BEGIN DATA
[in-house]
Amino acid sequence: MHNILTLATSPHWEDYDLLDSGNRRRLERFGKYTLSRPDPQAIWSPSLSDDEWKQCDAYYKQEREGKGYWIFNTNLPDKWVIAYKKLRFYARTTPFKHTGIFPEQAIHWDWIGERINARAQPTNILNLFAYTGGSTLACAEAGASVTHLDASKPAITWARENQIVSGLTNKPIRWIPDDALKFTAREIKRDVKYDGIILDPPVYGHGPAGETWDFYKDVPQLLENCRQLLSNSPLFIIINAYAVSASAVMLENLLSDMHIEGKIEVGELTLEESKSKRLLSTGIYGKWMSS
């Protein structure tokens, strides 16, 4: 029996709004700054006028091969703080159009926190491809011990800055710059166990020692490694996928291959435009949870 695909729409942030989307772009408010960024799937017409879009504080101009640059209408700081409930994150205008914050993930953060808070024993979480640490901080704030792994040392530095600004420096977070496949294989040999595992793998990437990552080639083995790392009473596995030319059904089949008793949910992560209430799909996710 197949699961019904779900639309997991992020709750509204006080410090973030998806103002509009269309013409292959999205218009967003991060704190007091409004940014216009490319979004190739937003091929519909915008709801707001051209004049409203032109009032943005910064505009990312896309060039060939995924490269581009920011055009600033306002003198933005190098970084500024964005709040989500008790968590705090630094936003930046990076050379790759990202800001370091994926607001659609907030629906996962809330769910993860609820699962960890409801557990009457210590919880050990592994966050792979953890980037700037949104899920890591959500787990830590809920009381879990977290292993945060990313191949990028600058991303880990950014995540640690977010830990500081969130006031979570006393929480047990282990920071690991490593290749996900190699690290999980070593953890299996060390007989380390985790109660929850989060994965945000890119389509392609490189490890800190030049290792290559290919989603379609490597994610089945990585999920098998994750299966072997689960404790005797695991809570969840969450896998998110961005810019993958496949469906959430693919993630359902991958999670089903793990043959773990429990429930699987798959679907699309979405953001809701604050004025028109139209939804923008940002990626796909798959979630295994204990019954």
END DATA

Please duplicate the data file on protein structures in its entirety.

[in-house]
Amino acid sequence: MHNILTLATSPHWEDYDLLDSGNRRRLERFGKYTLSRPDPQAIWSPSLSDDEWKQCDAYYKQEREGKGYWIFNTNLPDKWVIAYKKLRFYARTTPFKHTGIFPEQAIHWDWIGERINARAQPTNILNLFAYTGGSTLACAEAGASVTHLDASKPAITWARENQIVSGLTNKPIRWIPDDALKFTAREIKRDVKYDGIILDPPVYGHGPAGETWDFYKDVPQLLENCRQLLSNSPLFIIINAYAVSASAVMLENLLSDMHIEGKIEVGELTLEESKSKRLLSTGIYGKWMSS
């Protein structure tokens, strides 16, 4: 029996709004700054006028091969703080159009926190491809011990800055710059166990020692490694996928291959435009949870 695909729409942030989307772009408010960024799937017409879009504080101009640059209408700081409930994150205008914050993930953060808070024993979480640490901080704030792994040392530095600004420096977070496949294989040999595992793998990437990552080639083995790392009473596995030319059904089949008793949910992560209430799909996710 197949699961019904779900639309997991992020709750509204006080410090973030998806103002509009269309013409292959999205218009967003991060704190007091409004940014216009490319979004190739937003091929519909915008709801707001051209004049409203032109009032943005910064505009990312896309060039060939995924490269581009920011055009600033306002003198933005190098970084500024964005709040989500008790968590705090630094936003930046990076050379790759990202800001370091994926607001659609907030629906996962809330769910993860609820699962960890409801557990009457210590919880050990592994966050792979953890980037700037949104899920890591959500787990830590809920009381879990977290292993945060990313191949990028600058991303880990950014995540640690977010830990500081969130006031979570006393929480047990282990920071690991490593290749996900190699690290999980070593953890299996060390007989380390985790109660929850989060994965945000890119389509392609490189490890800190030049290792290559290919989603379609490597994610089945990585999920098998994750299966072997689960404790005797695991809570969840969450896998998110961005810019993958496949469906959430693919993630359902991958999670089903793990043959773990429990429930699987798959679907699309979405953001809701604050004025028109139209939804923008940002990626796909798959979630295994204990019954």